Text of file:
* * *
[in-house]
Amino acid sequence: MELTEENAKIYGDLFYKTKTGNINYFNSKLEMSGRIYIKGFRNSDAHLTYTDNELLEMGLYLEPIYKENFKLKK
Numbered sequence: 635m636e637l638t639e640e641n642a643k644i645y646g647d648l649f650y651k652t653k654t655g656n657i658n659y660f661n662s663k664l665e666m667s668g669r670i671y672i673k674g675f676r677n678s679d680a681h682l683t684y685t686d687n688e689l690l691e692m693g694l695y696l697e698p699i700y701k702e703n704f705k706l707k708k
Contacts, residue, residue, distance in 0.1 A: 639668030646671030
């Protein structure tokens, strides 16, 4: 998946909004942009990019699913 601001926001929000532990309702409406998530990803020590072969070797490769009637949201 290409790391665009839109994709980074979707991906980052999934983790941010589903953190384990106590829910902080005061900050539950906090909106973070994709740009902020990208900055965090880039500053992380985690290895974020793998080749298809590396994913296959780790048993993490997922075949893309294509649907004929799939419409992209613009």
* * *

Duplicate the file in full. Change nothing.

[in-house]
Amino acid sequence: MELTEENAKIYGDLFYKTKTGNINYFNSKLEMSGRIYIKGFRNSDAHLTYTDNELLEMGLYLEPIYKENFKLKK
Numbered sequence: 635m636e637l638t639e640e641n642a643k644i645y646g647d648l649f650y651k652t653k654t655g656n657i658n659y660f661n662s663k664l665e666m667s668g669r670i671y672i673k674g675f676r677n678s679d680a681h682l683t684y685t686d687n688e689l690l691e692m693g694l695y696l697e698p699i700y701k702e703n704f705k706l707k708k
Contacts, residue, residue, distance in 0.1 A: 639668030646671030
């Protein structure tokens, strides 16, 4: 998946909004942009990019699913 601001926001929000532990309702409406998530990803020590072969070797490769009637949201 290409790391665009839109994709980074979707991906980052999934983790941010589903953190384990106590829910902080005061900050539950906090909106973070994709740009902020990208900055965090880039500053992380985690290895974020793998080749298809590396994913296959780790048993993490997922075949893309294509649907004929799939419409992209613009």